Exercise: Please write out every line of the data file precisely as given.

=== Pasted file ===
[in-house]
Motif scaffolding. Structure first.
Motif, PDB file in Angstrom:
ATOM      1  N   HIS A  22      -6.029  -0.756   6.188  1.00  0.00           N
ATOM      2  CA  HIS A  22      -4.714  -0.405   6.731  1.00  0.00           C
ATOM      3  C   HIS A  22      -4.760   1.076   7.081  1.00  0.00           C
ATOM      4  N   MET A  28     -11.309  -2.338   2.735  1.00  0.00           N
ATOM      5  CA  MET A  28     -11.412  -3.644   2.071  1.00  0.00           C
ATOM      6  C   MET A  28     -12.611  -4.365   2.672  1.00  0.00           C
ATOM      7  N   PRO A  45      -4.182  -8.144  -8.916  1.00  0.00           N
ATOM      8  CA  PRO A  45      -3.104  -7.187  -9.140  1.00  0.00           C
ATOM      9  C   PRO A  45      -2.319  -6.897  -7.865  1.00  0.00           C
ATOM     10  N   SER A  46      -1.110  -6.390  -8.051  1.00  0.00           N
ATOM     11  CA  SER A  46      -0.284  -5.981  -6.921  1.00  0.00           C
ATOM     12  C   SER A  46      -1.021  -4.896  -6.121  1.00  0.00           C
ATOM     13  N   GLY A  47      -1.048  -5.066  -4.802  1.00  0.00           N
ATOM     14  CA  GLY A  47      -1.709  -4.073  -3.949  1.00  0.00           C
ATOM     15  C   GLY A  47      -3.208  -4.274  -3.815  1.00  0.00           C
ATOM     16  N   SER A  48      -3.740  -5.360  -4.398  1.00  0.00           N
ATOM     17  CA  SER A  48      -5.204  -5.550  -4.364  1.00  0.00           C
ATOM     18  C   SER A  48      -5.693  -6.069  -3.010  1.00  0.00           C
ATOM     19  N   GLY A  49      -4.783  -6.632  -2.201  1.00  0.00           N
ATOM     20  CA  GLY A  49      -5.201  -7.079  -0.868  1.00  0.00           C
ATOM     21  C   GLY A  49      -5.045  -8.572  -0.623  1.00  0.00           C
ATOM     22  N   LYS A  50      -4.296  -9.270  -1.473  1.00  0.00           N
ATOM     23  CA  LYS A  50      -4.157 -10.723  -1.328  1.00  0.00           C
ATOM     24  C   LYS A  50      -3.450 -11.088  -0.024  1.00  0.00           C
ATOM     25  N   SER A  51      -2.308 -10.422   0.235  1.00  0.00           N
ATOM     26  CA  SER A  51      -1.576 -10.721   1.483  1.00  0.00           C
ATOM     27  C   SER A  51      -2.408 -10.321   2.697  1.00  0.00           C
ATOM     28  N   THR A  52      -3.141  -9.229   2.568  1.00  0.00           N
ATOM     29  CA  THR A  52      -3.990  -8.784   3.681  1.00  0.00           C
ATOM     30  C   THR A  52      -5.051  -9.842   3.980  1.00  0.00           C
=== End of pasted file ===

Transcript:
[in-house]
Motif scaffolding. Structure first.
Motif, PDB file in Angstrom:
ATOM      1  N   HIS A  22      -6.029  -0.756   6.188  1.00  0.00           N
ATOM      2  CA  HIS A  22      -4.714  -0.405   6.731  1.00  0.00           C
ATOM      3  C   HIS A  22      -4.760   1.076   7.081  1.00  0.00           C
ATOM      4  N   MET A  28     -11.309  -2.338   2.735  1.00  0.00           N
ATOM      5  CA  MET A  28     -11.412  -3.644   2.071  1.00  0.00           C
ATOM      6  C   MET A  28     -12.611  -4.365   2.672  1.00  0.00           C
ATOM      7  N   PRO A  45      -4.182  -8.144  -8.916  1.00  0.00           N
ATOM      8  CA  PRO A  45      -3.104  -7.187  -9.140  1.00  0.00           C
ATOM      9  C   PRO A  45      -2.319  -6.897  -7.865  1.00  0.00           C
ATOM     10  N   SER A  46      -1.110  -6.390  -8.051  1.00  0.00           N
ATOM     11  CA  SER A  46      -0.284  -5.981  -6.921  1.00  0.00           C
ATOM     12  C   SER A  46      -1.021  -4.896  -6.121  1.00  0.00           C
ATOM     13  N   GLY A  47      -1.048  -5.066  -4.802  1.00  0.00           N
ATOM     14  CA  GLY A  47      -1.709  -4.073  -3.949  1.00  0.00           C
ATOM     15  C   GLY A  47      -3.208  -4.274  -3.815  1.00  0.00           C
ATOM     16  N   SER A  48      -3.740  -5.360  -4.398  1.00  0.00           N
ATOM     17  CA  SER A  48      -5.204  -5.550  -4.364  1.00  0.00           C
ATOM     18  C   SER A  48      -5.693  -6.069  -3.010  1.00  0.00           C
ATOM     19  N   GLY A  49      -4.783  -6.632  -2.201  1.00  0.00           N
ATOM     20  CA  GLY A  49      -5.201  -7.079  -0.868  1.00  0.00           C
ATOM     21  C   GLY A  49      -5.045  -8.572  -0.623  1.00  0.00           C
ATOM     22  N   LYS A  50      -4.296  -9.270  -1.473  1.00  0.00           N
ATOM     23  CA  LYS A  50      -4.157 -10.723  -1.328  1.00  0.00           C
ATOM     24  C   LYS A  50      -3.450 -11.088  -0.024  1.00  0.00           C
ATOM     25  N   SER A  51      -2.308 -10.422   0.235  1.00  0.00           N
ATOM     26  CA  SER A  51      -1.576 -10.721   1.483  1.00  0.00           C
ATOM     27  C   SER A  51      -2.408 -10.321   2.697  1.00  0.00           C
ATOM     28  N   THR A  52      -3.141  -9.229   2.568  1.00  0.00           N
ATOM     29  CA  THR A  52      -3.990  -8.784   3.681  1.00  0.00           C
ATOM     30  C   THR A  52      -5.051  -9.842   3.980  1.00  0.00           C